Amnesty International demands Pakistan to re-start the criminal investigations into the abduction and killing of Saleem Shahzad

Saleem-Shahzad Islamabad: Amnesty International demands Pakistan to re-start the criminal investigations into the abduction and killing of Saleem Shahzad
Islamabad: Amnesty International demands Pakistan to re-start the criminal investigations into the abduction and killing of Saleem Shahzad. Amnesty International along with nine other international Human rights bodies has sent an open letter to Prime Minister of Pakistan Mian Nawaz Sharif demanding him to re-start the criminal investigations into the abduction and killing of Saleem Shahzad who was killed in mysterious circumstances after his abduction from Islamabad three years ago.
Joint letter is signed by Salil Shetty, Secretary General of Amnesty International, Joel Simon, Executive Director of Committee to Protect Journalists, Brad Adams, Executive Director, Asia Division of Human Rights Watch, Jeanne Bourgault, President of Internews and Christopher Deloire, Secretary-General of Reporters Without Borders along with other organization from UK and USA.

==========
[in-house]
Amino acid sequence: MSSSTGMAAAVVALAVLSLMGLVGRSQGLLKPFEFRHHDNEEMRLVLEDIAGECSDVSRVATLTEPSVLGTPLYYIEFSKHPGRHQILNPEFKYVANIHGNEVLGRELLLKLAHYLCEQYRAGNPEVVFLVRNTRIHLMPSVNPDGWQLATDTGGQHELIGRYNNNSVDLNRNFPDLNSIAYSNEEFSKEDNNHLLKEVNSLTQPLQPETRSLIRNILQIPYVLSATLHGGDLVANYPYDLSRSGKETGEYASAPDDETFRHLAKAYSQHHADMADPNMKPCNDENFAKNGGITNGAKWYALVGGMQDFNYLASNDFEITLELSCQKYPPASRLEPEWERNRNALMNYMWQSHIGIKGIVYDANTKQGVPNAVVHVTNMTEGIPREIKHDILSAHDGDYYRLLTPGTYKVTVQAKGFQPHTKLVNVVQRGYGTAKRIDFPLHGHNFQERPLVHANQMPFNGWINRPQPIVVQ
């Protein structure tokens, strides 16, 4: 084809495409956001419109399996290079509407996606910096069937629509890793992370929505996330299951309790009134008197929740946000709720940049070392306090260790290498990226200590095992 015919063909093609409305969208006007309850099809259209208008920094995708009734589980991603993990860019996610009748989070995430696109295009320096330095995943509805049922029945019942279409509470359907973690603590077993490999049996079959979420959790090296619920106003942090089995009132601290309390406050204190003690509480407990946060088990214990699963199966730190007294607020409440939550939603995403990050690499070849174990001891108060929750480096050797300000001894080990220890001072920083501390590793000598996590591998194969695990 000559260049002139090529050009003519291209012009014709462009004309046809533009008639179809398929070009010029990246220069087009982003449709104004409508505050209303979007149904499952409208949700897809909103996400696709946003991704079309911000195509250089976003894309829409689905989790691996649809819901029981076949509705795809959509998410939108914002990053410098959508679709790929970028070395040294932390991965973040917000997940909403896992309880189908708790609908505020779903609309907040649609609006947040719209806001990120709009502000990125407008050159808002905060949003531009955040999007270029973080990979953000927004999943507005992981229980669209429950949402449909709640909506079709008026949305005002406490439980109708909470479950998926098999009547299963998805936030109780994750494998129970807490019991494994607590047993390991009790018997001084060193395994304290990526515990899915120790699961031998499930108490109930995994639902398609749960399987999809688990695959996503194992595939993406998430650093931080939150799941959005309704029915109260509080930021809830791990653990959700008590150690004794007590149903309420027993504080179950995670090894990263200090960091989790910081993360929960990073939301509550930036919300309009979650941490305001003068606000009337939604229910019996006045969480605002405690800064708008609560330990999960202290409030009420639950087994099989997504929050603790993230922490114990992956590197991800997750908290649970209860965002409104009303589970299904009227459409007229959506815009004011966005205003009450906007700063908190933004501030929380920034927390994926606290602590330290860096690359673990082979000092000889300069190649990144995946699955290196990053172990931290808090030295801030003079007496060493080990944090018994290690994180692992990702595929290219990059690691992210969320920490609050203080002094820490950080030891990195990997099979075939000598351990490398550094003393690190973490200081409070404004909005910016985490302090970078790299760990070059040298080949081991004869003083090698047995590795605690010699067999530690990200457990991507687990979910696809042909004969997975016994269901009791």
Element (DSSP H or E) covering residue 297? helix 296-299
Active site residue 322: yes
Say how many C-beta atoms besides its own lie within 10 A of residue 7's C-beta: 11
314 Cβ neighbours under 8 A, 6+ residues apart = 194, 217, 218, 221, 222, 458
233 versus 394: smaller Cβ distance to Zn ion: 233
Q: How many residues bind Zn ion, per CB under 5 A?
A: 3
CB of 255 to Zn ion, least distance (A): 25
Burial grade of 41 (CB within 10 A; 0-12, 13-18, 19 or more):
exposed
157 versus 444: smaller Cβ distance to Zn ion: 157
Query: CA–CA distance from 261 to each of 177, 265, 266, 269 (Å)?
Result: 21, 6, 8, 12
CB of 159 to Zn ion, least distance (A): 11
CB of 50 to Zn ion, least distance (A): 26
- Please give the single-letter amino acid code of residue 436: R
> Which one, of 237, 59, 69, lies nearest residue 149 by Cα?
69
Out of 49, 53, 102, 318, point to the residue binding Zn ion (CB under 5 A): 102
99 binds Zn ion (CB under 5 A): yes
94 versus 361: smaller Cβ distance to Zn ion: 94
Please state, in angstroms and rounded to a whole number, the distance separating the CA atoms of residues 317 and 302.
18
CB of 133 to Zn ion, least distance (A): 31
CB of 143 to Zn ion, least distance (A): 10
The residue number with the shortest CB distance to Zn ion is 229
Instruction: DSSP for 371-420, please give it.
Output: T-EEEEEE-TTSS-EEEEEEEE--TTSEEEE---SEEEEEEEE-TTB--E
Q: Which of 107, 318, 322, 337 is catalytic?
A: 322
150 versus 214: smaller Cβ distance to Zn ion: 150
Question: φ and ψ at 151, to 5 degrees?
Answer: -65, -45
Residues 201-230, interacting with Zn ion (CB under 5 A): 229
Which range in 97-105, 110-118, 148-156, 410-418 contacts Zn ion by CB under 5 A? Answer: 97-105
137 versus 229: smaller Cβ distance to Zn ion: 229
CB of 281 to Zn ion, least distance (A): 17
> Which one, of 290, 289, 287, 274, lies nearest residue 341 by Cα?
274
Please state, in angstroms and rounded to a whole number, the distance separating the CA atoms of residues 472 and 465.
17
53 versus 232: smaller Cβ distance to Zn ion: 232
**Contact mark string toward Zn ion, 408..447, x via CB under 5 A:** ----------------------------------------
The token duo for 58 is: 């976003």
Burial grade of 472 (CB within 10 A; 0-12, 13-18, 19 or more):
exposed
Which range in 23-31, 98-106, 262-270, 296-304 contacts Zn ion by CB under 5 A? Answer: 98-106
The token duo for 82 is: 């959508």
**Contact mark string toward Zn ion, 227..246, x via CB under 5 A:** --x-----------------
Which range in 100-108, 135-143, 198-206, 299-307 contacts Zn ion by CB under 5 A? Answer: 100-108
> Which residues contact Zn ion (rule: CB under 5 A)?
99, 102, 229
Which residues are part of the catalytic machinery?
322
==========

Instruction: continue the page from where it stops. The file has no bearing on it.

The letter is reproduced here:
Joint statement of shared concerns about attacks on journalists in Pakistan

Dear Prime Minister
Three years ago today, journalist Saleem Shahzad was abducted a short distance away from his Islamabad home and later found dead, his body bearing marks consistent with torture. We, the representatives of the undersigned group of civil society organisations working in human rights and media, call on you to fulfil your promise to end the impunity enjoyed by individuals and groups who threaten, attack, abduct, torture and kill journalists in Pakistan. In order to address these attacks on journalists, we urge you to follow through on the commitments you made in March, and as a first phase country for the UN Action Plan on the Safety of Journalists and the Issue of Impunity, and to take further concrete steps along the lines set out below.
Based on our collective experiences monitoring human rights globally, Pakistan is one of the most dangerous countries in the world for journalists, judging by the severity and extent of threats and attacks on media professionals due to their reporting. Dozens of journalists have been killed in Pakistan in direct response to their work over the last decade. At least eight journalists have been killed since your government came to power in June 2013.